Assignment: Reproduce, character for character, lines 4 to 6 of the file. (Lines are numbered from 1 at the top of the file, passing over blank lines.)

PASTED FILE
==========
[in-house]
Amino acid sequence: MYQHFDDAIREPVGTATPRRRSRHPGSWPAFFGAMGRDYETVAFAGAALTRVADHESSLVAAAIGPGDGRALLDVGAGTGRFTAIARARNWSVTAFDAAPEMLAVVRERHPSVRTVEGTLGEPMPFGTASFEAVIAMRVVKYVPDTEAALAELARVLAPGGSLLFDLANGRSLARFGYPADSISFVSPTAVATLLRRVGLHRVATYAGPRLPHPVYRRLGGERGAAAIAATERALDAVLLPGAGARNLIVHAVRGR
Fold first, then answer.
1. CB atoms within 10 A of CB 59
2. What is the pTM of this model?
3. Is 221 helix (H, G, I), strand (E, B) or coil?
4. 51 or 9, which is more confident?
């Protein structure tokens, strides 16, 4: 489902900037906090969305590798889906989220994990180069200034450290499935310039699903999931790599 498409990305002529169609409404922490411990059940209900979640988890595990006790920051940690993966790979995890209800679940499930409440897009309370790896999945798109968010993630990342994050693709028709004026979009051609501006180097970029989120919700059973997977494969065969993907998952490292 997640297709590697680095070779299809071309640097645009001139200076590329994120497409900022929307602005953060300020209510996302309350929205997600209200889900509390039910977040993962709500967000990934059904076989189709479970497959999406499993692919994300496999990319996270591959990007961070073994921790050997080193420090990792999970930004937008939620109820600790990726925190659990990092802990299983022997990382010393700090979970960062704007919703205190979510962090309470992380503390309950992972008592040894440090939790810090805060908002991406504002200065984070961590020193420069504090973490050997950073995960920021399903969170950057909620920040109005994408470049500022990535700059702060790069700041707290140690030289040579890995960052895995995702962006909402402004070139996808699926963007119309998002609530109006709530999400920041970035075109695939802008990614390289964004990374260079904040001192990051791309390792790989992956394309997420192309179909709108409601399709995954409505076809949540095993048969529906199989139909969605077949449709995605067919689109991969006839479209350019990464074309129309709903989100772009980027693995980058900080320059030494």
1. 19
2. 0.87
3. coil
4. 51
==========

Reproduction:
1. CB atoms within 10 A of CB 59
2. What is the pTM of this model?
3. Is 221 helix (H, G, I), strand (E, B) or coil?